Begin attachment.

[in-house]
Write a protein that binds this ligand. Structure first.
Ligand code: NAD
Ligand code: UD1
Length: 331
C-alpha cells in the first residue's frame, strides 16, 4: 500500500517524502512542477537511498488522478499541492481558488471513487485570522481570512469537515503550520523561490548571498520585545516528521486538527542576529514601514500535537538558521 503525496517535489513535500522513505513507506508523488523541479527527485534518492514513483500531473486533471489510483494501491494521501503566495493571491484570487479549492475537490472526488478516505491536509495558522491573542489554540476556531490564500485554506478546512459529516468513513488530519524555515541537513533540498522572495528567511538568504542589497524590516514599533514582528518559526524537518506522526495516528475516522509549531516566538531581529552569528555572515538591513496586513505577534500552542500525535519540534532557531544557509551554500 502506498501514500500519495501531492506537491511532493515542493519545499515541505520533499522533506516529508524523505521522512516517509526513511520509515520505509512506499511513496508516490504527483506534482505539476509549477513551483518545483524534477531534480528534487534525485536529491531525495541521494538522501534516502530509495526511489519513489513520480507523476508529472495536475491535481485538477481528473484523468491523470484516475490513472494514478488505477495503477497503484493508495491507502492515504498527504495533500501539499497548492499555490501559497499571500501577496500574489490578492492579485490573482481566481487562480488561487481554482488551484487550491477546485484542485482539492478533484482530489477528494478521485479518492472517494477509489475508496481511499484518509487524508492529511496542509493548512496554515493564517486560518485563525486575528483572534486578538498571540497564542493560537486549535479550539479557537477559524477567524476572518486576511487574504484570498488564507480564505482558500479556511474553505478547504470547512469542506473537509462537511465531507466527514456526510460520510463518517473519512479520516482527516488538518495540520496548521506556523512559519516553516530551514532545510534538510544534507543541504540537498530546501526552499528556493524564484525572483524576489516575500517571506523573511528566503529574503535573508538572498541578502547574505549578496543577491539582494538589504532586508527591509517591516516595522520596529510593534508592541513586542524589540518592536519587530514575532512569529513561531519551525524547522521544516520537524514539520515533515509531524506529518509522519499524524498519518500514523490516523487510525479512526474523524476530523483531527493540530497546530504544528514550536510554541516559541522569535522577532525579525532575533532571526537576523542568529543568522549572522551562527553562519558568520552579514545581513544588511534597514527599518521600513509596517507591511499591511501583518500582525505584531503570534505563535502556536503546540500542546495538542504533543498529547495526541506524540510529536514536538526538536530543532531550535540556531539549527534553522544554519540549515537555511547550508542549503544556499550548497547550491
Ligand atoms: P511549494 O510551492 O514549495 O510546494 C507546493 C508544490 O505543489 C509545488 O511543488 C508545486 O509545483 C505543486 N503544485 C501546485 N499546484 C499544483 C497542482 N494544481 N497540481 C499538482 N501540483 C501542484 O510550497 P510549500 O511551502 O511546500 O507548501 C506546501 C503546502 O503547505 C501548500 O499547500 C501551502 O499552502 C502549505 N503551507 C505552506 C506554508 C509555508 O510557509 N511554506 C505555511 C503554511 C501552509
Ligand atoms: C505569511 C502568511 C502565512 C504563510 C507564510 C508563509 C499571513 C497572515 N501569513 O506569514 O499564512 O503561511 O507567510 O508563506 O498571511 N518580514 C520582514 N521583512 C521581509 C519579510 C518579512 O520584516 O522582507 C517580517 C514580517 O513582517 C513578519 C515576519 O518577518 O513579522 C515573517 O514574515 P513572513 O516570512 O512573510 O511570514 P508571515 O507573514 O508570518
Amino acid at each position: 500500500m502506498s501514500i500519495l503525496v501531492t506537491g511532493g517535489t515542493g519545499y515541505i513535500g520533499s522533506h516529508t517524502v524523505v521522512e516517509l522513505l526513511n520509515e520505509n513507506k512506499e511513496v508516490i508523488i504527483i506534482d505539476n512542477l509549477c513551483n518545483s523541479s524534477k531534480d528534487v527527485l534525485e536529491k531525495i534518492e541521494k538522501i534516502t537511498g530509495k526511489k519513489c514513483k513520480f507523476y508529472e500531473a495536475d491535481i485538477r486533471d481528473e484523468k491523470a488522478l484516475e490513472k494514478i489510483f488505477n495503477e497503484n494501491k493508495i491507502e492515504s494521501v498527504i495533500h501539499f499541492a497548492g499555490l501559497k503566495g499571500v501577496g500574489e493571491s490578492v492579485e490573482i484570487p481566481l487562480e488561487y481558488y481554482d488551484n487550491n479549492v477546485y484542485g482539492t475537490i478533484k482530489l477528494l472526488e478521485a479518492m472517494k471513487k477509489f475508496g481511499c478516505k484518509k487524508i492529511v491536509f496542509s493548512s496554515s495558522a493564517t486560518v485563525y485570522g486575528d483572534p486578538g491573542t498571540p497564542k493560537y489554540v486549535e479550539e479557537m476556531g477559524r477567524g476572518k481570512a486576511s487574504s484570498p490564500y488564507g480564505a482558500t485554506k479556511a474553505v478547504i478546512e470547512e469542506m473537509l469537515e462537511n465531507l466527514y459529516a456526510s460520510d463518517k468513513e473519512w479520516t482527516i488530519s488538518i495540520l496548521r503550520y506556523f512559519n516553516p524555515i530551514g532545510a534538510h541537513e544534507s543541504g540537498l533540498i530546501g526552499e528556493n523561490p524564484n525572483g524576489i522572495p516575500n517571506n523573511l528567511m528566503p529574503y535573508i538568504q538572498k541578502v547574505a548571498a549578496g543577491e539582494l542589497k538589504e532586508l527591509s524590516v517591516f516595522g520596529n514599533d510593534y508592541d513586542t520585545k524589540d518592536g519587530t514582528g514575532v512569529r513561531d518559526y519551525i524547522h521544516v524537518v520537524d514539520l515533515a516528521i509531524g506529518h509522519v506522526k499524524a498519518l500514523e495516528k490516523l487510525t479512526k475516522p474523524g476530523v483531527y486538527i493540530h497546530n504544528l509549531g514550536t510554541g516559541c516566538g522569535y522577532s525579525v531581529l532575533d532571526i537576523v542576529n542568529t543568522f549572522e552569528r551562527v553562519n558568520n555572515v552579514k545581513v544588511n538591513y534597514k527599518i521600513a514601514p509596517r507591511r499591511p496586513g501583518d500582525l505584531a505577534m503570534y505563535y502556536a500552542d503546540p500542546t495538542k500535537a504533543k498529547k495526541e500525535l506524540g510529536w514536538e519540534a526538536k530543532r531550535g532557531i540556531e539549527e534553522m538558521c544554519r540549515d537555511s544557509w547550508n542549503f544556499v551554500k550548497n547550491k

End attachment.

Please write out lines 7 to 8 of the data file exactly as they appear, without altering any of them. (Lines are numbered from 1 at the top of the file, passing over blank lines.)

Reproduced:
Ligand atoms: P511549494 O510551492 O514549495 O510546494 C507546493 C508544490 O505543489 C509545488 O511543488 C508545486 O509545483 C505543486 N503544485 C501546485 N499546484 C499544483 C497542482 N494544481 N497540481 C499538482 N501540483 C501542484 O510550497 P510549500 O511551502 O511546500 O507548501 C506546501 C503546502 O503547505 C501548500 O499547500 C501551502 O499552502 C502549505 N503551507 C505552506 C506554508 C509555508 O510557509 N511554506 C505555511 C503554511 C501552509
Ligand atoms: C505569511 C502568511 C502565512 C504563510 C507564510 C508563509 C499571513 C497572515 N501569513 O506569514 O499564512 O503561511 O507567510 O508563506 O498571511 N518580514 C520582514 N521583512 C521581509 C519579510 C518579512 O520584516 O522582507 C517580517 C514580517 O513582517 C513578519 C515576519 O518577518 O513579522 C515573517 O514574515 P513572513 O516570512 O512573510 O511570514 P508571515 O507573514 O508570518